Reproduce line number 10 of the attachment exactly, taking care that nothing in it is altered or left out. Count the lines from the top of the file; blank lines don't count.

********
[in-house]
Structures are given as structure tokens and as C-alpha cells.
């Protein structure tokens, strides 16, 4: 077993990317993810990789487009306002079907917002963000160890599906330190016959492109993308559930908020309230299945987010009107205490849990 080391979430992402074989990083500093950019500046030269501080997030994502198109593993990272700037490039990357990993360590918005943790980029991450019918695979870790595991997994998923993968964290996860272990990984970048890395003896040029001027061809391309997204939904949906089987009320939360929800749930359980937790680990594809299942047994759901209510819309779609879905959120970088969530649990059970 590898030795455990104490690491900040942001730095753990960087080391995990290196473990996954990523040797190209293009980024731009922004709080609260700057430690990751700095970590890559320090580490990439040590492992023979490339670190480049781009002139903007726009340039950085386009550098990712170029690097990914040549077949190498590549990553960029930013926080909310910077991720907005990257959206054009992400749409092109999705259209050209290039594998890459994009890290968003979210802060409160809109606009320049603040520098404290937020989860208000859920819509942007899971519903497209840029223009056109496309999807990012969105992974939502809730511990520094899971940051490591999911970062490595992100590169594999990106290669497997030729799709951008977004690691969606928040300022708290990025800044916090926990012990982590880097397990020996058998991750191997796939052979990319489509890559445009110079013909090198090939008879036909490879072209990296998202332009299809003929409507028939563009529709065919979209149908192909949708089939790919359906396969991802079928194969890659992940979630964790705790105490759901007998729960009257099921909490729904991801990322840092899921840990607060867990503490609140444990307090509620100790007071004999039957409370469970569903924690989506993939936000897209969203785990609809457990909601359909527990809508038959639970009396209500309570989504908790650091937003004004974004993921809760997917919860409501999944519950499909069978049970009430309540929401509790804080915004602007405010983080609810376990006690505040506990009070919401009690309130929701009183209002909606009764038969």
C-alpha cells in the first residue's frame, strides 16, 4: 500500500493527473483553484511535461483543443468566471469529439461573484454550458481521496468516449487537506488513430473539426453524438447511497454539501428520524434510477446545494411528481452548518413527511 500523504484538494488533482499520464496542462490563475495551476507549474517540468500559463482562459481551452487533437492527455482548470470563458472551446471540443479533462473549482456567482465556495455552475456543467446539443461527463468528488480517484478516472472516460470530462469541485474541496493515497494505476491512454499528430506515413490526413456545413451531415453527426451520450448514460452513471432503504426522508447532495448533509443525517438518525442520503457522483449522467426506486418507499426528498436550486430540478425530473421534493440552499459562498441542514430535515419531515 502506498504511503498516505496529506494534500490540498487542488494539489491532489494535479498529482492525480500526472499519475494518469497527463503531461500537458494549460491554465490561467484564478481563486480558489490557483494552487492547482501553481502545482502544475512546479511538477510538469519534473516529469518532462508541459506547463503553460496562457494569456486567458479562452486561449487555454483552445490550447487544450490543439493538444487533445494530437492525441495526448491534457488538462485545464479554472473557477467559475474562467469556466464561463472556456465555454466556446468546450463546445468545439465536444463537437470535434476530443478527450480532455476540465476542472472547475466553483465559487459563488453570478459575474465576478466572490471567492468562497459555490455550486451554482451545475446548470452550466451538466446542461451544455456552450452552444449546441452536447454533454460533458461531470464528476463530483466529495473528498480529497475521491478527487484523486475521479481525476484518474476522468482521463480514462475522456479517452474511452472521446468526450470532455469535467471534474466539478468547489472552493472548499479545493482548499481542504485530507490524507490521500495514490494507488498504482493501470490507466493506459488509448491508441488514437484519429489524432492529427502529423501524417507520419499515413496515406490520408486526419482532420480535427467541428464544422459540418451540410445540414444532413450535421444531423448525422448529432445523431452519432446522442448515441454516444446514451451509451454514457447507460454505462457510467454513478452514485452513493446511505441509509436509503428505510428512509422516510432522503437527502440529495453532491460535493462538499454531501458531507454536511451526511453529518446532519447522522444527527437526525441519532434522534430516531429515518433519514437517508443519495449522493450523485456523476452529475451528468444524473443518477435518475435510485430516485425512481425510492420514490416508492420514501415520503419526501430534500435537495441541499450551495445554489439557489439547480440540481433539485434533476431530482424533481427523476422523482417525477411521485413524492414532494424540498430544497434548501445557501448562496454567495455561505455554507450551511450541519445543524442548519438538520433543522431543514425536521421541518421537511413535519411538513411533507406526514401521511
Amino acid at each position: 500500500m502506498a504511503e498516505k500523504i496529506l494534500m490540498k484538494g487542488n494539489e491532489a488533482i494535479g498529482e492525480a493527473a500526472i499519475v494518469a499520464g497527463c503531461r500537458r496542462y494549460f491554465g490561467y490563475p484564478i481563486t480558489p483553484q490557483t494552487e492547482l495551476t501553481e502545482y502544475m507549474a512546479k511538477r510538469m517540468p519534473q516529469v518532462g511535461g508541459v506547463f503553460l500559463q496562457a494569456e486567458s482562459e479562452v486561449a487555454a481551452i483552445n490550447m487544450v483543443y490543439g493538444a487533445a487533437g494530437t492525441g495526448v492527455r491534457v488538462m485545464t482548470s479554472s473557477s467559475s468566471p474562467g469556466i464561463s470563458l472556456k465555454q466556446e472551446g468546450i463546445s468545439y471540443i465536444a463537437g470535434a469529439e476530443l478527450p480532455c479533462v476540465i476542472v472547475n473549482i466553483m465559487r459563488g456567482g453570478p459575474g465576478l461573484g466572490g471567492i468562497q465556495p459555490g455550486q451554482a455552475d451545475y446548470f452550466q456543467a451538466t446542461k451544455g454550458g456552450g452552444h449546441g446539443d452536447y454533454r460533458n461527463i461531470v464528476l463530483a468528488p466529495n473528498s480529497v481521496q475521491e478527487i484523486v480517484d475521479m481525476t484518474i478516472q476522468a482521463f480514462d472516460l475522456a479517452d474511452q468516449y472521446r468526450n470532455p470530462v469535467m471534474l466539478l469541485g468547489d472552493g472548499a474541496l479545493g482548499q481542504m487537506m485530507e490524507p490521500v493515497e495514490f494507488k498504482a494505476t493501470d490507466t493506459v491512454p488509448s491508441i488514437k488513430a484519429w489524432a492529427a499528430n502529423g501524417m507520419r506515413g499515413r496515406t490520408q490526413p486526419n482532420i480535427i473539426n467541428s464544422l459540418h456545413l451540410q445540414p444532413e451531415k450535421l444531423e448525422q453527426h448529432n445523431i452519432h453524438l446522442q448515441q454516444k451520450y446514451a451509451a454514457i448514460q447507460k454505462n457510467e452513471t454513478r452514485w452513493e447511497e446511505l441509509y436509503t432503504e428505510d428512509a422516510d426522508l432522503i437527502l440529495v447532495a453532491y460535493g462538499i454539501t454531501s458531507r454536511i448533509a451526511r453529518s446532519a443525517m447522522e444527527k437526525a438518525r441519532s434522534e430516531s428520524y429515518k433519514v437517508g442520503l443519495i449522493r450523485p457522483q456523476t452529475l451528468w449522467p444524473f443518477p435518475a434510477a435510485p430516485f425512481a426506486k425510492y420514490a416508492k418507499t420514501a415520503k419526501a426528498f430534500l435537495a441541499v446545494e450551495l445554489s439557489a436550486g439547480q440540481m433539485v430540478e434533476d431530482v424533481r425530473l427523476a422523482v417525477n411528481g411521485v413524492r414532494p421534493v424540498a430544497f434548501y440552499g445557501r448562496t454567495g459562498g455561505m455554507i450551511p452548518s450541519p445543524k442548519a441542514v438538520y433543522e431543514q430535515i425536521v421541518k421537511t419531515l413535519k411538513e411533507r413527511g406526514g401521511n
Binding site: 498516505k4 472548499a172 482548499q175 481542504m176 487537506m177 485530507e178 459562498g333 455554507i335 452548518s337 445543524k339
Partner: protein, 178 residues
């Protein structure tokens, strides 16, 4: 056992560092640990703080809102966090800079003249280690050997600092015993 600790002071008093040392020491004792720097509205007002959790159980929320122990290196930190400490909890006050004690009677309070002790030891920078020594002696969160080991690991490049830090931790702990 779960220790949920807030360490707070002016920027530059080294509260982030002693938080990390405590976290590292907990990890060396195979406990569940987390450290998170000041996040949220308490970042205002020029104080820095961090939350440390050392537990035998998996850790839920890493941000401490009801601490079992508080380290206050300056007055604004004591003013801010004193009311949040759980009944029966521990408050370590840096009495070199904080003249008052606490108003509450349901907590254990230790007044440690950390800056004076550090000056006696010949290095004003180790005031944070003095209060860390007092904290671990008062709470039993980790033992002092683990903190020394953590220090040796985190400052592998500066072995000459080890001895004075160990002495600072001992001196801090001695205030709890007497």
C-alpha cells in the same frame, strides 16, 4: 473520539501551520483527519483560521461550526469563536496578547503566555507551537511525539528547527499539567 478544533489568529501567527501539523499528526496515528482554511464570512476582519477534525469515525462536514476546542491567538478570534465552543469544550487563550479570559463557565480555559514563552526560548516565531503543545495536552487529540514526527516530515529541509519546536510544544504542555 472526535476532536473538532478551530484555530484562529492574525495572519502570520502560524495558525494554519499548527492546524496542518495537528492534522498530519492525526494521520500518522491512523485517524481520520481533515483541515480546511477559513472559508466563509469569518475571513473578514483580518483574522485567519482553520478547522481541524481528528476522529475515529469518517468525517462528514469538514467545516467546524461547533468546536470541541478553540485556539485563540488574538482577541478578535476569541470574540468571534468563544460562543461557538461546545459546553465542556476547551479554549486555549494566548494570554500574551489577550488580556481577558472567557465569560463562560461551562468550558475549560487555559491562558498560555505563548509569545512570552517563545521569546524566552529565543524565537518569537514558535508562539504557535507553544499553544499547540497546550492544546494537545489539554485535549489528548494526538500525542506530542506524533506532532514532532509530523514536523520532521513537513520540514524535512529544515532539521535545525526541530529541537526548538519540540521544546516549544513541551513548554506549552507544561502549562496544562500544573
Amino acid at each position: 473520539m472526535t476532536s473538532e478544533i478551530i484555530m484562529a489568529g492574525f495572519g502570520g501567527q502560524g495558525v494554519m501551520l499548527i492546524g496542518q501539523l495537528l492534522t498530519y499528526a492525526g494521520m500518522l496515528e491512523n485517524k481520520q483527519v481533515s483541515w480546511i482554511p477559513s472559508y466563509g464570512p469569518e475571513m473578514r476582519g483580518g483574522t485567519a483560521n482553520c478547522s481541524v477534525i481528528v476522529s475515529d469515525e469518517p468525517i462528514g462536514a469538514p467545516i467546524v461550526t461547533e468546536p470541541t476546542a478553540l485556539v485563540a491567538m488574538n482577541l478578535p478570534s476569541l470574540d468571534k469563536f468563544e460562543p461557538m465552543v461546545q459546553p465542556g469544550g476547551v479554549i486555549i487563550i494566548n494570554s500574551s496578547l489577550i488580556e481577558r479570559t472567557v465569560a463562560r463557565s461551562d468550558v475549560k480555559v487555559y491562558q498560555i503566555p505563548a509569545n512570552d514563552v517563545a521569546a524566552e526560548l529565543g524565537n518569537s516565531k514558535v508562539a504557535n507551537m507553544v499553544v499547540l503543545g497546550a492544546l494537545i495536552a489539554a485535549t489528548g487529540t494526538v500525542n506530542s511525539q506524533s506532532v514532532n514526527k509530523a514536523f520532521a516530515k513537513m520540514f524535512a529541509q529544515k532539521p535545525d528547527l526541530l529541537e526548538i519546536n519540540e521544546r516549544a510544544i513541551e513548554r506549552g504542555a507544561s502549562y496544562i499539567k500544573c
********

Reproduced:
Amino acid at each position: 473520539m472526535t476532536s473538532e478544533i478551530i484555530m484562529a489568529g492574525f495572519g502570520g501567527q502560524g495558525v494554519m501551520l499548527i492546524g496542518q501539523l495537528l492534522t498530519y499528526a492525526g494521520m500518522l496515528e491512523n485517524k481520520q483527519v481533515s483541515w480546511i482554511p477559513s472559508y466563509g464570512p469569518e475571513m473578514r476582519g483580518g483574522t485567519a483560521n482553520c478547522s481541524v477534525i481528528v476522529s475515529d469515525e469518517p468525517i462528514g462536514a469538514p467545516i467546524v461550526t461547533e468546536p470541541t476546542a478553540l485556539v485563540a491567538m488574538n482577541l478578535p478570534s476569541l470574540d468571534k469563536f468563544e460562543p461557538m465552543v461546545q459546553p465542556g469544550g476547551v479554549i486555549i487563550i494566548n494570554s500574551s496578547l489577550i488580556e481577558r479570559t472567557v465569560a463562560r463557565s461551562d468550558v475549560k480555559v487555559y491562558q498560555i503566555p505563548a509569545n512570552d514563552v517563545a521569546a524566552e526560548l529565543g524565537n518569537s516565531k514558535v508562539a504557535n507551537m507553544v499553544v499547540l503543545g497546550a492544546l494537545i495536552a489539554a485535549t489528548g487529540t494526538v500525542n506530542s511525539q506524533s506532532v514532532n514526527k509530523a514536523f520532521a516530515k513537513m520540514f524535512a529541509q529544515k532539521p535545525d528547527l526541530l529541537e526548538i519546536n519540540e521544546r516549544a510544544i513541551e513548554r506549552g504542555a507544561s502549562y496544562i499539567k500544573c